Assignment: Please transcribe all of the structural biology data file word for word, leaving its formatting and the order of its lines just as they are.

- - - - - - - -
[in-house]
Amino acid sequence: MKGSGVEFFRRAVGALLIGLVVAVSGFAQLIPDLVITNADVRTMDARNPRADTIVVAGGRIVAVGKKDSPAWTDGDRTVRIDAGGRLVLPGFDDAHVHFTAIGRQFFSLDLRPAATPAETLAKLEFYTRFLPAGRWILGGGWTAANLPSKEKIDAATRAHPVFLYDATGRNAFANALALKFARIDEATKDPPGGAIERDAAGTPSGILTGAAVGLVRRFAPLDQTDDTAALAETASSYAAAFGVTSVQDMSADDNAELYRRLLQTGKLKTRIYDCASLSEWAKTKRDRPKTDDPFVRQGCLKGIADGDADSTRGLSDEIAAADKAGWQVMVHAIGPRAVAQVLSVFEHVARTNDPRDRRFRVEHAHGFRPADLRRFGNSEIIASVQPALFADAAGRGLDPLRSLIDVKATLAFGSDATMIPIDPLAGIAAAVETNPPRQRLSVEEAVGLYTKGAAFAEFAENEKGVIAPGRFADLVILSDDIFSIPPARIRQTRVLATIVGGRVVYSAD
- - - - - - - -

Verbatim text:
[in-house]
Amino acid sequence: MKGSGVEFFRRAVGALLIGLVVAVSGFAQLIPDLVITNADVRTMDARNPRADTIVVAGGRIVAVGKKDSPAWTDGDRTVRIDAGGRLVLPGFDDAHVHFTAIGRQFFSLDLRPAATPAETLAKLEFYTRFLPAGRWILGGGWTAANLPSKEKIDAATRAHPVFLYDATGRNAFANALALKFARIDEATKDPPGGAIERDAAGTPSGILTGAAVGLVRRFAPLDQTDDTAALAETASSYAAAFGVTSVQDMSADDNAELYRRLLQTGKLKTRIYDCASLSEWAKTKRDRPKTDDPFVRQGCLKGIADGDADSTRGLSDEIAAADKAGWQVMVHAIGPRAVAQVLSVFEHVARTNDPRDRRFRVEHAHGFRPADLRRFGNSEIIASVQPALFADAAGRGLDPLRSLIDVKATLAFGSDATMIPIDPLAGIAAAVETNPPRQRLSVEEAVGLYTKGAAFAEFAENEKGVIAPGRFADLVILSDDIFSIPPARIRQTRVLATIVGGRVVYSAD